Much of Rasputina’s music reveals a morbid sensibility at work (see “Christian Soldiers“), and frontwoman Melora Creager sure has a knack for blending idiosyncratic humor, wordplay, and gruesome imagery. In this song from Thanks for the Ether, she invites the listener to a vampiric community of sexual abandon. The song also introduced Rasputina to the world through its inclusion on Buffy the Vampire Slayer. Sample lyrics: “You can never be too rich or too / Thin. The blood has run out…”

Also… “Dead Is the New Alive” by Emilie Autumn is just one example of Autumn’s macabre, steampunk-influenced style, spinning bitter, florid lyrics with her Victorian-girl-gone-to-hell persona.

6. “In Heaven” by Peter Ivers

In Blue Velvet and Mulholland Dr., David Lynch gave disturbing implications to Roy Orbison (“In Dreams,” “Llorando”) and Bobby Vinton (“Blue Velvet,” duh), but Eraserhead‘s “In Heaven” is probably the most aggressively surreal use of music in the whole Lynch canon. From the gurgling ambient noise in the background to Ivers’ twangy delivery and the shaky organ accompaniment, every aspect of the song contributes to the deranged vision of “heaven” that Eraserhead‘s hero Henry pines for. Sample lyrics: “In heaven, everything is fine. / In heaven, everything is fine…”

Also… “Science Fiction/Double Feature” by Richard O’Brien from The Rocky Horror Picture Show may technically be about sci-fi, but plenty of its verses make unforgettable reference to horror classics as well. E.g., “Claude Rains was the invisible man.”

5. “Gloomy Sunday” by anyone

Rezső Seress’s infamously depressing song carries decades’ worth of depressing rumors, including ones about its composer’s own suicide. But that hasn’t stopped generations of musicians from covering it! Some of the best include Billie Holiday, Artie Shaw, Lydia Lunch, Portishead, and Sinéad O’Connor, each of whom gives it a unique (and always depressing) spin. It’s not called the Hungarian suicide song for nothing. Sample lyrics: “My heart and I / Have decided to end it all.”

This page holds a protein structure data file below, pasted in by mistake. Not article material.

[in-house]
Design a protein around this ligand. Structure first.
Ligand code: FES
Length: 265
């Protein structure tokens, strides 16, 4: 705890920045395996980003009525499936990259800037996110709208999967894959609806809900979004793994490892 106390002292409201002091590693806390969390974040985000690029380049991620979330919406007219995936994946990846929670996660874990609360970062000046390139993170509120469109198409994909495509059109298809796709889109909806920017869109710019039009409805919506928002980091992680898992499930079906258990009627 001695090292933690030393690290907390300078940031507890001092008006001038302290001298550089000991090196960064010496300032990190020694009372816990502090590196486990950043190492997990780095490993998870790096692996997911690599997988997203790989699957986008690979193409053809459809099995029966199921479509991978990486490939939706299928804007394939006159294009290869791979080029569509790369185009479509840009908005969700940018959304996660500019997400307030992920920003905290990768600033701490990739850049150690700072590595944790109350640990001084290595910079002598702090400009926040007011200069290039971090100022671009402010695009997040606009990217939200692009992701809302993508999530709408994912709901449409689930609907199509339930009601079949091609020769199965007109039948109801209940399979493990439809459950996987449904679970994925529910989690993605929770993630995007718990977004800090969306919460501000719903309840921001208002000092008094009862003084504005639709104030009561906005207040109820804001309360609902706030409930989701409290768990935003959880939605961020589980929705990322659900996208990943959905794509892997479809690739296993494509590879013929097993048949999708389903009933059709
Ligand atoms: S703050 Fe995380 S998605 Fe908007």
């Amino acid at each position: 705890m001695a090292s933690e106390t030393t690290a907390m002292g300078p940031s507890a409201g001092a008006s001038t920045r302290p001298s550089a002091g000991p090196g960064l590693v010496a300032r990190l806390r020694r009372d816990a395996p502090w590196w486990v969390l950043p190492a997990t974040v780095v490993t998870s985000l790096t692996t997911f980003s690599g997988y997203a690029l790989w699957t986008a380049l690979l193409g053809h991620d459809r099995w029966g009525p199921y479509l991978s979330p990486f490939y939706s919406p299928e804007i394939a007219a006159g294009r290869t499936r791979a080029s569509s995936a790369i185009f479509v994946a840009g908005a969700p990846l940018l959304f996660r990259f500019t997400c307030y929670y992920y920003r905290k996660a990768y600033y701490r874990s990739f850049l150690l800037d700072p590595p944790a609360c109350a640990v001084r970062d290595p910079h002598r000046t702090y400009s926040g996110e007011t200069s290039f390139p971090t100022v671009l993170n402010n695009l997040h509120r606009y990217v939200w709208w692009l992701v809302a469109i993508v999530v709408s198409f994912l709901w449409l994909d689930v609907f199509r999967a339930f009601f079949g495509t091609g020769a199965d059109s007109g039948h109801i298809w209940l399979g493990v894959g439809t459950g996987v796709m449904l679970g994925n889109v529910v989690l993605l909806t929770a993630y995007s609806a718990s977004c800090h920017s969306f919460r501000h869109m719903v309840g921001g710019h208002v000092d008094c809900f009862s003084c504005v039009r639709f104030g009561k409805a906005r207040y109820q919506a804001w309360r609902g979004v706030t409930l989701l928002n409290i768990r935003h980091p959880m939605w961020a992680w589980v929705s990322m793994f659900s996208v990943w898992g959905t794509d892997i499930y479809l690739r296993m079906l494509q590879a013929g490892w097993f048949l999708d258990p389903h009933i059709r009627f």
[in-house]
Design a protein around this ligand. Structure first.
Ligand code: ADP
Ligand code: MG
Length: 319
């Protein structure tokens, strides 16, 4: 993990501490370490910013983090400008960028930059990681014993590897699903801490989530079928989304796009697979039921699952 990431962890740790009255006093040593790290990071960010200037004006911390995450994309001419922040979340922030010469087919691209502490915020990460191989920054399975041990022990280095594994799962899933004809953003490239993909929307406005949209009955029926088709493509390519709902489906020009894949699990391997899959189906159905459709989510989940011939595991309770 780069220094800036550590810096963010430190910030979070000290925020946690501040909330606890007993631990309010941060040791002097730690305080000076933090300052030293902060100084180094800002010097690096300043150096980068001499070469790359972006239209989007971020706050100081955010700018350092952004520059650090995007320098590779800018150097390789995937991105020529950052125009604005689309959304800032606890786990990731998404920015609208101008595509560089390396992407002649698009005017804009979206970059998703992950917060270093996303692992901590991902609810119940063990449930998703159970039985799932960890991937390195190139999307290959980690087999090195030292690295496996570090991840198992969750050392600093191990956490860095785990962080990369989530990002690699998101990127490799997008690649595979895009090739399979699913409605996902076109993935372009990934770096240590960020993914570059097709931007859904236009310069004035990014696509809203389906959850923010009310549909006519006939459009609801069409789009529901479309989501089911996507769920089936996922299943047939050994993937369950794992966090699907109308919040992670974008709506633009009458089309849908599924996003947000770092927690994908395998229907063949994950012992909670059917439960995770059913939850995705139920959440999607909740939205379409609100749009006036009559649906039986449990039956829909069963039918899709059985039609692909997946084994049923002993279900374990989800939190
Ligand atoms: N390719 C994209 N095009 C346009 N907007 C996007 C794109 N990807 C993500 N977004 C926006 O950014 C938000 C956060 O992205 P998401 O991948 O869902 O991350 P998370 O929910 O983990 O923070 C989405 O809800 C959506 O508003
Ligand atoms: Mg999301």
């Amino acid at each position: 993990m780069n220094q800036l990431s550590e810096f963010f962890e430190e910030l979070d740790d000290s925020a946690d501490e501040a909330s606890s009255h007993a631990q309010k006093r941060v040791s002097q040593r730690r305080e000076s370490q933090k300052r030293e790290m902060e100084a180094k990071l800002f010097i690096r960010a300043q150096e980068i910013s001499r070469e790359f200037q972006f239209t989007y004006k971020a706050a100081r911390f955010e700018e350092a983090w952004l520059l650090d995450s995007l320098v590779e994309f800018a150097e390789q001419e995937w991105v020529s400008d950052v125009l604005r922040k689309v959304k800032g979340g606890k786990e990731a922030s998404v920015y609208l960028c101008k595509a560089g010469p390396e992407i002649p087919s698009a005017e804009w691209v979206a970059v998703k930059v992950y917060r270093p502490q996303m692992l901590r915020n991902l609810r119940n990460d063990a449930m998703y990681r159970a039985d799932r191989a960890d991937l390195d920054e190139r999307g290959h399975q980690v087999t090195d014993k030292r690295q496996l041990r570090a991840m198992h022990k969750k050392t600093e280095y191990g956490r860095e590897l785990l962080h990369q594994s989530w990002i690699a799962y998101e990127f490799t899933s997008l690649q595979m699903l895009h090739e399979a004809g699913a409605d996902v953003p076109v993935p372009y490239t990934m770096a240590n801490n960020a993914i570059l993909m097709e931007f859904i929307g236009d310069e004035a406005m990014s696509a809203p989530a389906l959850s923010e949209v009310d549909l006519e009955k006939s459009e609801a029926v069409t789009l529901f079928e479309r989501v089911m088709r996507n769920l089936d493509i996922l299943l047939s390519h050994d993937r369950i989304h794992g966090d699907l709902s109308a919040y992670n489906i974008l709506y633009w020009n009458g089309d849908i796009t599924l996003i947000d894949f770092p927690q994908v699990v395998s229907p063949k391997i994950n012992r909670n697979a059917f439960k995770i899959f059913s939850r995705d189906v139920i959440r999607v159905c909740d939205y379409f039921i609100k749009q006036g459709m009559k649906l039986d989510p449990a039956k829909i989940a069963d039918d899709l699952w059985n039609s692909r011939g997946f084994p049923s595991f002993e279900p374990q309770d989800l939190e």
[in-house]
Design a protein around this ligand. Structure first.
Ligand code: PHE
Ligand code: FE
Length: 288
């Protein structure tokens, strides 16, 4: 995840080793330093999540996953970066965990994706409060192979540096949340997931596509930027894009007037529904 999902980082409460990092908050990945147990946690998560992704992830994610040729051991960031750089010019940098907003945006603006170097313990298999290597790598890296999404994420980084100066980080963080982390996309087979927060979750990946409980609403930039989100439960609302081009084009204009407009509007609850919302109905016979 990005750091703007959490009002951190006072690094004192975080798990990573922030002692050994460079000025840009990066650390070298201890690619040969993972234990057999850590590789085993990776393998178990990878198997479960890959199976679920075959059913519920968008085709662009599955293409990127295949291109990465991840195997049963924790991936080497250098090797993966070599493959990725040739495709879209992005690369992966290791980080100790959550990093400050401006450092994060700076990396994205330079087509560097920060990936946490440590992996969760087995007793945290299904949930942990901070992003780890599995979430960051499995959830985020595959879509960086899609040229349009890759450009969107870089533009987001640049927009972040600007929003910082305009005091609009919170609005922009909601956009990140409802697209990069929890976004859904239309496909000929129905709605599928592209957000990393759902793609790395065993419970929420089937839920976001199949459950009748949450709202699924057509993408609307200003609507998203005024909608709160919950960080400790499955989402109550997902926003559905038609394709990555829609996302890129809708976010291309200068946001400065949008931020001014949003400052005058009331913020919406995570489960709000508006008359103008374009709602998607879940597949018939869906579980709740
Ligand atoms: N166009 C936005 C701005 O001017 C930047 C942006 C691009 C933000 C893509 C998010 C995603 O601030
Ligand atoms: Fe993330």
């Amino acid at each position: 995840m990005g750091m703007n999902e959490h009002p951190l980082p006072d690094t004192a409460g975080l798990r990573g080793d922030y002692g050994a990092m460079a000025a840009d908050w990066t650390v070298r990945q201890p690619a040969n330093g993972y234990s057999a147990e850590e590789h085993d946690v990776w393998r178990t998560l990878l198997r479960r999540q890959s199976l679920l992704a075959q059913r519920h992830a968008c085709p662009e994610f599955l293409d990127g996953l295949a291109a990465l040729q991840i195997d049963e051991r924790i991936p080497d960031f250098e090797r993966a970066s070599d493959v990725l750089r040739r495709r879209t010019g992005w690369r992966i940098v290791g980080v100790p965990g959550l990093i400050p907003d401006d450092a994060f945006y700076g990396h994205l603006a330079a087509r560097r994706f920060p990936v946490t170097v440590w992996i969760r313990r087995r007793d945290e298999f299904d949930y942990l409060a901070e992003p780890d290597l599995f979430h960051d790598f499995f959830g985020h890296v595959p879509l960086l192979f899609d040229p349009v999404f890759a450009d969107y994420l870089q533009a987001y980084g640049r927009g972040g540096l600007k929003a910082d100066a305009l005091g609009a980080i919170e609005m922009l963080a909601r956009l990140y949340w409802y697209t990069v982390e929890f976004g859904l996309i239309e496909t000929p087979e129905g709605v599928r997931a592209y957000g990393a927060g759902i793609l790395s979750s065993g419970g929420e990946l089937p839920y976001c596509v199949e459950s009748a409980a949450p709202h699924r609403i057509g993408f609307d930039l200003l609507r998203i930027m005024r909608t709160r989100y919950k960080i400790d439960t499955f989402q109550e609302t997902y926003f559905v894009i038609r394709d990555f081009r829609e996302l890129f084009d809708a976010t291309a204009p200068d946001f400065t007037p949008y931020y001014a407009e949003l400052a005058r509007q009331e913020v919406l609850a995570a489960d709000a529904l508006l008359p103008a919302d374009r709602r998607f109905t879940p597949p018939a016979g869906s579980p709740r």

Also… “Season of the Witch” by Donovan proves that the hippie songster of “Mellow Yellow” knew the power of fear. As he points out, “It’s strange, sure is strange.” Another Donovan classic, “Hurdy Gurdy Man,” has been forever tainted (for me, at least) by its inclusion in the opening scene of David Fincher’s Zodiac, and now reminds me of serial killers.

4. “Tubular Bells” by Mike Oldfield

Maybe this wouldn’t be considered “scary” if it hadn’t been used in The Exorcist. But hey, it was, and now it’s impossible to hear those bells a-ringing without conjuring up thoughts of danger, darkness, and Pazuzu. They just sound so redolent of both the 1970s and the unexplained. This also makes great mood music for frightening trick-or-treaters.

Also… The “Halloween Theme” by John Carpenter is similarly iconic, and showcases Carpenter’s considerable strength for adding moody, effective music to his own films. Sometimes his synthesizer scores can get a little overbearing (see Prince of Darkness), but they’re yet another part of his auteur signature.

3. “Threnody to the Victims of Hiroshima” by Krzysztof Penderecki